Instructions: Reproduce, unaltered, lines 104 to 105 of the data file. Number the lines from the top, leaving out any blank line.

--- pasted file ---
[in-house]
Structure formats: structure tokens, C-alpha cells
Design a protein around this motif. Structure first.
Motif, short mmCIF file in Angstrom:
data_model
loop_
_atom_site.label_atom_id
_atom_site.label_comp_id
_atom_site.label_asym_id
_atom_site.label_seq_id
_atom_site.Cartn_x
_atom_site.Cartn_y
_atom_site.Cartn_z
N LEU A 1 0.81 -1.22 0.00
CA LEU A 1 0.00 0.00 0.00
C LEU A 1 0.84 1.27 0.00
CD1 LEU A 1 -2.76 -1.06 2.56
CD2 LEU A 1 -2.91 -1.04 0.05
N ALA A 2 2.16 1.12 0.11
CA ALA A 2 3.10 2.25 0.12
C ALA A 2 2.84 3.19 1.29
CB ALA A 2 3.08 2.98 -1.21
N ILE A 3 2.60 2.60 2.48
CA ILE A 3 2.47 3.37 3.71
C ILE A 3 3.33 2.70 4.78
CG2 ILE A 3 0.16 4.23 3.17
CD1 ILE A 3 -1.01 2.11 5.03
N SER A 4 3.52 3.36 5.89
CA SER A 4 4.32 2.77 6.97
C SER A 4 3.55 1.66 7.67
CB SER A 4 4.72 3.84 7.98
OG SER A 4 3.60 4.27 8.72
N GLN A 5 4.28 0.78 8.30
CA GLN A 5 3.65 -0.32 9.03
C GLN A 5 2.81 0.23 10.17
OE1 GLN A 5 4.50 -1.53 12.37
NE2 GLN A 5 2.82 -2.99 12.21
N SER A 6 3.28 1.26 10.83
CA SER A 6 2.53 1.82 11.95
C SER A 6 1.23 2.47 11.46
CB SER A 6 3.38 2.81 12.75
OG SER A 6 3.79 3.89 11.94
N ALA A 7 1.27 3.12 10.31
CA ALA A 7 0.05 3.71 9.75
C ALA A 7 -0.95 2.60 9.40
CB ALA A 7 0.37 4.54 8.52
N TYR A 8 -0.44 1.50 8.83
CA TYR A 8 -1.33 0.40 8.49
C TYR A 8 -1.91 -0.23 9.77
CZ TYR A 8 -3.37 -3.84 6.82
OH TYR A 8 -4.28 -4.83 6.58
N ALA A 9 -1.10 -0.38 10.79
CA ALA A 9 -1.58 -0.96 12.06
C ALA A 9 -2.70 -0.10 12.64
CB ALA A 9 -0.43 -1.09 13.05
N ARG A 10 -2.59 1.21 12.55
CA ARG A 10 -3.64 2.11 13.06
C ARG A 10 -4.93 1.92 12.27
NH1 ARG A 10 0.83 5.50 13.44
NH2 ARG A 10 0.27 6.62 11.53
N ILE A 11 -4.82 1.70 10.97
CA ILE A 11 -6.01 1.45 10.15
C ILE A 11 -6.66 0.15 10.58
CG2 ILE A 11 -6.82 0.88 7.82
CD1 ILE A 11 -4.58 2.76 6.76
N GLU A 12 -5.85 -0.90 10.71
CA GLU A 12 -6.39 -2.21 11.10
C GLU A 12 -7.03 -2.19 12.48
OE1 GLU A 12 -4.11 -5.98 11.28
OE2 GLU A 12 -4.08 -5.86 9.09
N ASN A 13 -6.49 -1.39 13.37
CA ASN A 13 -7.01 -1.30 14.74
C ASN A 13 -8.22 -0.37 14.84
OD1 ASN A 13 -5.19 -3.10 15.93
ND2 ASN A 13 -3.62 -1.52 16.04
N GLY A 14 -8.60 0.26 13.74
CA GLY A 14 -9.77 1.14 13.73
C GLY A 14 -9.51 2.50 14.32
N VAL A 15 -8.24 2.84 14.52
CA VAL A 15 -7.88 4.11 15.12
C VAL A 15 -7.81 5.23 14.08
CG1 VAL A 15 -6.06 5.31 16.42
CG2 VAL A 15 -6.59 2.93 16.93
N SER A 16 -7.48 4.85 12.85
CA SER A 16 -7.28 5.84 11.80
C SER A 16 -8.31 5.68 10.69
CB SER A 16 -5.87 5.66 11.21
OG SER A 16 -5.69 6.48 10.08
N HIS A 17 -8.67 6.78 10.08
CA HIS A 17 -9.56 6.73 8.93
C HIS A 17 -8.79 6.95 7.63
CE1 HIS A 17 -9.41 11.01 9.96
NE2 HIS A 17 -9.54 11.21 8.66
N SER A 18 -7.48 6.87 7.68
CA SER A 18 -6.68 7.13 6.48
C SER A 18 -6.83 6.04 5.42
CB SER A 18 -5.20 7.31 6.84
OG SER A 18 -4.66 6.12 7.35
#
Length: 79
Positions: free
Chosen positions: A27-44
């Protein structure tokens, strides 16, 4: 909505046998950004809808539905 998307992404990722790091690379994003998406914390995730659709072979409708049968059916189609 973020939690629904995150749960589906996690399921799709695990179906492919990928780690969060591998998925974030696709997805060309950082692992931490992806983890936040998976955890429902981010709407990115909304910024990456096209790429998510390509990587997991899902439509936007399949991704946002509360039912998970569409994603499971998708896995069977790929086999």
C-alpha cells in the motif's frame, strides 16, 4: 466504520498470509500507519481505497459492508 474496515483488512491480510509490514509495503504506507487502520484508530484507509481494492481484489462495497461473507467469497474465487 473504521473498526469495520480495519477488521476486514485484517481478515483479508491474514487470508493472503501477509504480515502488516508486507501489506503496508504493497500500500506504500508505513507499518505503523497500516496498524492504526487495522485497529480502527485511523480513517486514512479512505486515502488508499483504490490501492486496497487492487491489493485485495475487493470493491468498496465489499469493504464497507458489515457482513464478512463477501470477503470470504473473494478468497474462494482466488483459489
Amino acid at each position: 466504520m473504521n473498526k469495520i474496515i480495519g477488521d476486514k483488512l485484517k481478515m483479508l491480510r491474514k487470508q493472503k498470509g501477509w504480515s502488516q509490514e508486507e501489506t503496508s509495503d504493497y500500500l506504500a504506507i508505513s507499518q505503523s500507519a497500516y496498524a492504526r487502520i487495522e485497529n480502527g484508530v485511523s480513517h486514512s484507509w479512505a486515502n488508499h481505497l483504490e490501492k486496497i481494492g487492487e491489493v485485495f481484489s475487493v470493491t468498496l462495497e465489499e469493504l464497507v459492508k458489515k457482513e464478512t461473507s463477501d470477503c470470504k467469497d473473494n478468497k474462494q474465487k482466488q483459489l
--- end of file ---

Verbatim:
C-alpha cells in the motif's frame, strides 16, 4: 466504520498470509500507519481505497459492508 474496515483488512491480510509490514509495503504506507487502520484508530484507509481494492481484489462495497461473507467469497474465487 473504521473498526469495520480495519477488521476486514485484517481478515483479508491474514487470508493472503501477509504480515502488516508486507501489506503496508504493497500500500506504500508505513507499518505503523497500516496498524492504526487495522485497529480502527485511523480513517486514512479512505486515502488508499483504490490501492486496497487492487491489493485485495475487493470493491468498496465489499469493504464497507458489515457482513464478512463477501470477503470470504473473494478468497474462494482466488483459489
Amino acid at each position: 466504520m473504521n473498526k469495520i474496515i480495519g477488521d476486514k483488512l485484517k481478515m483479508l491480510r491474514k487470508q493472503k498470509g501477509w504480515s502488516q509490514e508486507e501489506t503496508s509495503d504493497y500500500l506504500a504506507i508505513s507499518q505503523s500507519a497500516y496498524a492504526r487502520i487495522e485497529n480502527g484508530v485511523s480513517h486514512s484507509w479512505a486515502n488508499h481505497l483504490e490501492k486496497i481494492g487492487e491489493v485485495f481484489s475487493v470493491t468498496l462495497e465489499e469493504l464497507v459492508k458489515k457482513e464478512t461473507s463477501d470477503c470470504k467469497d473473494n478468497k474462494q474465487k482466488q483459489l